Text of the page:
Slow biological aging – take a brisk walk, says new research

A team of researchers based at Leicester in the UK have confirmed a causal link between walking pace and leucocyte telomere length (LTL) – an indicator of biological age. The researchers estimate that a lifetime of brisk walking could slow aging and lead to the equivalent of 16 years younger biological age by midlife.

Longevity.Technology: While the physical, mental, social and health benefits of walking have been well-documented, this study, which is published in Communications Biology, is one of the first of its kind to compare genetic data with both self-reported walking speeds, as well as actual measurements of movement intensity from wearable activity tracking devices worn by participants.

Of course, we have seen wearables growing in popularity as people seek to take control of both their fitness and their longevity; it’s interesting to see this data that not only confirms the positive benefit walking can have to slow down aging, but confirms it at a cellular level.

Researchers from the University of Leicester at the National Institute for Health Research (NIHR) Leicester Biomedical Research Centre studied genetic data from 405,981 middle-aged UK Biobank participants and found that a faster walking pace, independent of the amount of physical activity, was associated with longer telomeres [1].

Telomeres are the ‘caps’ at the end of each chromosome that work like the plastic aglets on the end of your shoelaces, but rather than preventing your shoelaces from unravelling, telomeres act to prevent your DNA from fraying and slow aging.

Cells replicate themselves by division, but every time a cell divides, its telomeres become a a little bit shorter, until a point is reached where they are so short that the cell can no longer divide. This is called replicative senescence and scientists consider LTL a strong marker for biological age, independent of chronological age (how old you are by the calendar).

Although the relationship between telomere length and disease is not completely understood, the build-up of these senescent cells contributes to a range of symptoms we associate with aging, such as frailty and age-related diseases.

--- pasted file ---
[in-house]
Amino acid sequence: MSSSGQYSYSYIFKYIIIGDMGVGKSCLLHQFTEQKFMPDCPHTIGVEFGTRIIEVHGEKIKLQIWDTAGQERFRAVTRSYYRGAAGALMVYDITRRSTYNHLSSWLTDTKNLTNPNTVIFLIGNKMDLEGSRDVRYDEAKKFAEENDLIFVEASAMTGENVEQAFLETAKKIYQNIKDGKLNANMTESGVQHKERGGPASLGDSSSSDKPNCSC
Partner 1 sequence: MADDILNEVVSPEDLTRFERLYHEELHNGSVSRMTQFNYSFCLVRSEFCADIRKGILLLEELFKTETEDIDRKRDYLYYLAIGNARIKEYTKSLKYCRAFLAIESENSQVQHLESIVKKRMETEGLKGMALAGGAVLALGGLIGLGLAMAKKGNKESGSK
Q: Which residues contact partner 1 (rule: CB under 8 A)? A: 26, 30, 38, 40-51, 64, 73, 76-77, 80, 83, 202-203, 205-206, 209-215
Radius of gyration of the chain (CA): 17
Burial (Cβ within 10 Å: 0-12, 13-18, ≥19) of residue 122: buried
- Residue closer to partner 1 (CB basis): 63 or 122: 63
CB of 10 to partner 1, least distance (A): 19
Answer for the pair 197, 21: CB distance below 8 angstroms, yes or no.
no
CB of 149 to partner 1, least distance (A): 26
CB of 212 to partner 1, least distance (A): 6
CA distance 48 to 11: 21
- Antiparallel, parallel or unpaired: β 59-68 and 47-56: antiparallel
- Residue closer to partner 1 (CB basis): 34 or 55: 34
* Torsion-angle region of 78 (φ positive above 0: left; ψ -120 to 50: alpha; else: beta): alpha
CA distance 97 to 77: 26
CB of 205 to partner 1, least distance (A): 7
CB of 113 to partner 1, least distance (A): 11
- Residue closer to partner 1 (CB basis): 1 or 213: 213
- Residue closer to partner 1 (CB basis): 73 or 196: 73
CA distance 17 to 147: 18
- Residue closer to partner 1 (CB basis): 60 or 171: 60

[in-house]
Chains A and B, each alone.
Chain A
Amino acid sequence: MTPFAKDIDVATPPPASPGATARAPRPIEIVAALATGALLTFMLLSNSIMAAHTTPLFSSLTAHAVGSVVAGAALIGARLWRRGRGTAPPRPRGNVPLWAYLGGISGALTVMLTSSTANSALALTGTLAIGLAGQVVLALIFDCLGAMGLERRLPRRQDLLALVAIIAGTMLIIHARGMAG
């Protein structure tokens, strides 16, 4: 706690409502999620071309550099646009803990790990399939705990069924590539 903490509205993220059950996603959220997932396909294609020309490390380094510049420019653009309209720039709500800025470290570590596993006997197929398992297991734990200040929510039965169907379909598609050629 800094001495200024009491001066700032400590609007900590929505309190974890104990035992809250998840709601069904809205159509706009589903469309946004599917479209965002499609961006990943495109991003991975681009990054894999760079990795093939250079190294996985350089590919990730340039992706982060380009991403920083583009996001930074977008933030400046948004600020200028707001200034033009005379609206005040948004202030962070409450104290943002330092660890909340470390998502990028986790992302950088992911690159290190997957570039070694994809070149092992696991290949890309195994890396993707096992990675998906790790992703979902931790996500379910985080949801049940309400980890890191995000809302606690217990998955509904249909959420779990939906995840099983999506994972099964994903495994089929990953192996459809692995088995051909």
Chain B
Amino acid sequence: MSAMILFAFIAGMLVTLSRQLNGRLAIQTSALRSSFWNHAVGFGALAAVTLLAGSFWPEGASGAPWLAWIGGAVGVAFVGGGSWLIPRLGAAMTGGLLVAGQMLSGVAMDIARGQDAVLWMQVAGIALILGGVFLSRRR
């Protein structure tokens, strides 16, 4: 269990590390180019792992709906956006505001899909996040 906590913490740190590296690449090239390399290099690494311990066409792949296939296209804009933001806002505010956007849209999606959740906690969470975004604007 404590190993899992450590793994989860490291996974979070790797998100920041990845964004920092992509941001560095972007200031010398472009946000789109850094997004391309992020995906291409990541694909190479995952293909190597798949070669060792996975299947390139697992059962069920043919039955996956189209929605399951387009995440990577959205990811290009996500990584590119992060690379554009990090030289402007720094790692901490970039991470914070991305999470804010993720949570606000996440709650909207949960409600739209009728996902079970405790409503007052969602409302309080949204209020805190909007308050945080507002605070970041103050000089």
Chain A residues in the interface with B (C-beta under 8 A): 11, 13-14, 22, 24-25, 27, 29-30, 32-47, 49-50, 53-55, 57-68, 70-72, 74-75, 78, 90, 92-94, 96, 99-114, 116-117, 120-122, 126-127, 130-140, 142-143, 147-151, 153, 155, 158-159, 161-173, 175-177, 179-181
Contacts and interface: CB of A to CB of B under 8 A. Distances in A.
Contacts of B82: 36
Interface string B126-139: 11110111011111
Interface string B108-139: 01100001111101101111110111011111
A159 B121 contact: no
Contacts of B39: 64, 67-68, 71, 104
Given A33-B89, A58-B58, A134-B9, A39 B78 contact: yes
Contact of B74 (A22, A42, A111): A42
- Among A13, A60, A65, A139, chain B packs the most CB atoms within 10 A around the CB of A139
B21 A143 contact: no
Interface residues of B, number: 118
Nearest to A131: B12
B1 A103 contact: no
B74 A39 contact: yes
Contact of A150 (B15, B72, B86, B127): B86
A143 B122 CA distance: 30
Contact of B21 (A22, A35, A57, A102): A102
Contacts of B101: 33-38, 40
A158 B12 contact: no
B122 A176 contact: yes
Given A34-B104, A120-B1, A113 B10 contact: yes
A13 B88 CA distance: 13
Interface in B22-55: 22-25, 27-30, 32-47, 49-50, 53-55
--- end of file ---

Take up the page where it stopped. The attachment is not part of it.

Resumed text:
READ MORE: Making sense of senolytics and tackling senescence

Dr Paddy Dempsey, University of Leicester Research Fellow lead author on the study, said:

“Previous research on associations between walking pace, physical activity and telomere length has been limited by inconsistent findings and a lack of high-quality data.

“This research uses genetic data to provide stronger evidence for a causal link between faster walking pace and longer telomere length. Data from wrist-worn wearable activity tracking devices used to measure habitual physical activity also supported a stronger role of habitual activity intensity (e.g. faster walking) in relation to telomere length.

“This suggests measures such as a habitually slower walking speed are a simple way of identifying people at greater risk of chronic disease or unhealthy ageing, and that activity intensity may play an important role in optimising interventions. For example, in addition to increasing overall walking, those who are able could aim to increase the number of steps completed in a given time (e.g. by walking faster to the bus stop). However, this requires further investigation [2].”

Researchers from the University of Leicester have previously shown using UK Biobank that as little as 10 minutes of brisk walking a day is associated with longer life expectancy, and that brisk walkers have up to 20 years’ greater life expectancy compared with slow walkers.

This new study demonstrates a causal link between brisk walking and telomere length and, significantly, not the other way round [1].

“Whilst we have previously shown that walking pace is a very strong predictor of health status, we have not been able to confirm that adopting a brisk walking pace actually causes better health,” said Tom Yates, senior author and Professor of Physical Activity, Sedentary Behaviour and Health at the University of Leicester. “In this study we used information contained in people’s genetic profile to show that a faster walking pace is indeed likely to lead to a younger biological age as measured by telomeres [2].”